Furthermore, the John S. McCain National Defense Authorization Act for Fiscal Year 2019 (FY19 NDAA) required the Secretary of Defense, in consultation with the Director of National Intelligence, the Secretary of State, and the Secretary of Energy, to provide a report to Congress by October 2018 on North Korea’s nuclear program to establish a baseline of progress for negotiations. However, as of February 2019 the Congress has still not received the report. This is a necessary element in fulfilling our constitutional responsibilities and we request your administration expedite its completion and provide it to Congress without delay.
Most importantly, we urge you and your administration to be candid with the American people about North Korea. The constituents whom we represent would very likely welcome another presidential summit with Chairman Kim if it is accompanied a concerted diplomatic process that advances our security interests and those of our treaty allies -- and if it is bolstered by a realistic public assessment of the realities that we face in achieving our strategic objectives. A summit that amounts to little more than spectacle will further erode the public confidence and the credibility of the United States, an outcome that we all wish to avoid.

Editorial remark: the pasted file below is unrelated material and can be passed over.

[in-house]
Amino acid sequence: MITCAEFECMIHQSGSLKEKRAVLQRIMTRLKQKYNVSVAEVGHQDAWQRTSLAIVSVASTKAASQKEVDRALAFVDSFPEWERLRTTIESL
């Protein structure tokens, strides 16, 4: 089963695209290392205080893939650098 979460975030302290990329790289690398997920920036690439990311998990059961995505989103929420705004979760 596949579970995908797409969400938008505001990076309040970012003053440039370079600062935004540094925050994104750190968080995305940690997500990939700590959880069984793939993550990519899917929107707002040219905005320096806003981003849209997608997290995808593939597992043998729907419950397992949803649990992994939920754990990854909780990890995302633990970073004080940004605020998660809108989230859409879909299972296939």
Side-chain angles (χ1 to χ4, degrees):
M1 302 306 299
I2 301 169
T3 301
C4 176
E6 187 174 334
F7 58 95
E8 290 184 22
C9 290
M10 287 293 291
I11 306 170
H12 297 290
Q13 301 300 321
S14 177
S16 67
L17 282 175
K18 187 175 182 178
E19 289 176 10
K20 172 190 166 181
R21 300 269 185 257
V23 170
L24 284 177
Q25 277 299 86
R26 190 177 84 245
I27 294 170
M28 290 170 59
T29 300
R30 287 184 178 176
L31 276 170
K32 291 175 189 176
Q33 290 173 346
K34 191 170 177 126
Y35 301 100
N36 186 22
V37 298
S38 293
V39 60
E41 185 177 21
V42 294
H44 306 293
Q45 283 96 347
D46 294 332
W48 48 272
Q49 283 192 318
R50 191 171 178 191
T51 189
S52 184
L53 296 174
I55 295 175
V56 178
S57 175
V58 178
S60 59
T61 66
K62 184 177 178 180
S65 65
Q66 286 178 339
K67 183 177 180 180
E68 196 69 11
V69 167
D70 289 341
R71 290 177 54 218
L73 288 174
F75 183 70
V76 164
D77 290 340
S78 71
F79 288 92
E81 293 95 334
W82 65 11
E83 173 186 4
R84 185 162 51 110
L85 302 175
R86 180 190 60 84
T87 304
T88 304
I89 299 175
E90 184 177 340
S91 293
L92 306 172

ELIOT L. ENGEL
House Foreign Affairs Committee
House Armed Services Committee
House Permanent Select Committee on Intelligence
The Honorable Daniel Coats
Director of National Intelligence
The Honorable Michael Pompeo
Secretary of State
The Honorable Patrick Shanahan
Acting Secretary of Defense